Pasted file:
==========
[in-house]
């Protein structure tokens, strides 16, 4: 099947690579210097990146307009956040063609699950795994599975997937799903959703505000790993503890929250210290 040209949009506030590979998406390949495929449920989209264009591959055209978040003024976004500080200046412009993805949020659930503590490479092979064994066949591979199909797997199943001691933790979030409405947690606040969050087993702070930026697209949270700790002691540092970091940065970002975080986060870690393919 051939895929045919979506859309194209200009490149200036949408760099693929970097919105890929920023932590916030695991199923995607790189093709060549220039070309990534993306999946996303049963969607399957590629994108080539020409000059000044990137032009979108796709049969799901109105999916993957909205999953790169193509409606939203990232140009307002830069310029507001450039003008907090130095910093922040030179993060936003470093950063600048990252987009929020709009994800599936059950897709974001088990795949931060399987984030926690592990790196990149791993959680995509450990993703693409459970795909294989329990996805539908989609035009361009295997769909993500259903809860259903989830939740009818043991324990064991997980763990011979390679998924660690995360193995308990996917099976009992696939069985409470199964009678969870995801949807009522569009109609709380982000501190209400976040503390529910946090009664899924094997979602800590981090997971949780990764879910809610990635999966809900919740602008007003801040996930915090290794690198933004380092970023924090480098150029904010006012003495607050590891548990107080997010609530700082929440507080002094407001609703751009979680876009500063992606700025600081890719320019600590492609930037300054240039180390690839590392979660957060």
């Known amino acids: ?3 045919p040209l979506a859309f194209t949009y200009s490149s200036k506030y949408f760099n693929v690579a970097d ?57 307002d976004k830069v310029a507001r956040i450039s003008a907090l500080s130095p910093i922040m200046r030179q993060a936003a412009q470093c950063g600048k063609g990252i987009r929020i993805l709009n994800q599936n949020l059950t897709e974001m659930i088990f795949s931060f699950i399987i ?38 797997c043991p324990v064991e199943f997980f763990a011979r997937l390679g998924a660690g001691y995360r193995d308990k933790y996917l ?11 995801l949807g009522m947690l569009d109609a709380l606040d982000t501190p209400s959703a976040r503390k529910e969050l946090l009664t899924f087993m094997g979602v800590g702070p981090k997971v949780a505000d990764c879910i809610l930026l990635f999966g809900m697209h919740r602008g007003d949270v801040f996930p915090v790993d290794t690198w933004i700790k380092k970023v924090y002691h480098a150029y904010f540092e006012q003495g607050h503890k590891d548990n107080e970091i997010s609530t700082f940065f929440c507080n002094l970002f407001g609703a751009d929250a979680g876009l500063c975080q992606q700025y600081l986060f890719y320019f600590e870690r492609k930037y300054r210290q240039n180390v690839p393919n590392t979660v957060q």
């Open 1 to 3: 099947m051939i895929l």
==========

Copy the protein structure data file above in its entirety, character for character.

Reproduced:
[in-house]
């Protein structure tokens, strides 16, 4: 099947690579210097990146307009956040063609699950795994599975997937799903959703505000790993503890929250210290 040209949009506030590979998406390949495929449920989209264009591959055209978040003024976004500080200046412009993805949020659930503590490479092979064994066949591979199909797997199943001691933790979030409405947690606040969050087993702070930026697209949270700790002691540092970091940065970002975080986060870690393919 051939895929045919979506859309194209200009490149200036949408760099693929970097919105890929920023932590916030695991199923995607790189093709060549220039070309990534993306999946996303049963969607399957590629994108080539020409000059000044990137032009979108796709049969799901109105999916993957909205999953790169193509409606939203990232140009307002830069310029507001450039003008907090130095910093922040030179993060936003470093950063600048990252987009929020709009994800599936059950897709974001088990795949931060399987984030926690592990790196990149791993959680995509450990993703693409459970795909294989329990996805539908989609035009361009295997769909993500259903809860259903989830939740009818043991324990064991997980763990011979390679998924660690995360193995308990996917099976009992696939069985409470199964009678969870995801949807009522569009109609709380982000501190209400976040503390529910946090009664899924094997979602800590981090997971949780990764879910809610990635999966809900919740602008007003801040996930915090290794690198933004380092970023924090480098150029904010006012003495607050590891548990107080997010609530700082929440507080002094407001609703751009979680876009500063992606700025600081890719320019600590492609930037300054240039180390690839590392979660957060």
């Known amino acids: ?3 045919p040209l979506a859309f194209t949009y200009s490149s200036k506030y949408f760099n693929v690579a970097d ?57 307002d976004k830069v310029a507001r956040i450039s003008a907090l500080s130095p910093i922040m200046r030179q993060a936003a412009q470093c950063g600048k063609g990252i987009r929020i993805l709009n994800q599936n949020l059950t897709e974001m659930i088990f795949s931060f699950i399987i ?38 797997c043991p324990v064991e199943f997980f763990a011979r997937l390679g998924a660690g001691y995360r193995d308990k933790y996917l ?11 995801l949807g009522m947690l569009d109609a709380l606040d982000t501190p209400s959703a976040r503390k529910e969050l946090l009664t899924f087993m094997g979602v800590g702070p981090k997971v949780a505000d990764c879910i809610l930026l990635f999966g809900m697209h919740r602008g007003d949270v801040f996930p915090v790993d290794t690198w933004i700790k380092k970023v924090y002691h480098a150029y904010f540092e006012q003495g607050h503890k590891d548990n107080e970091i997010s609530t700082f940065f929440c507080n002094l970002f407001g609703a751009d929250a979680g876009l500063c975080q992606q700025y600081l986060f890719y320019f600590e870690r492609k930037y300054r210290q240039n180390v690839p393919n590392t979660v957060q």
């Open 1 to 3: 099947m051939i895929l």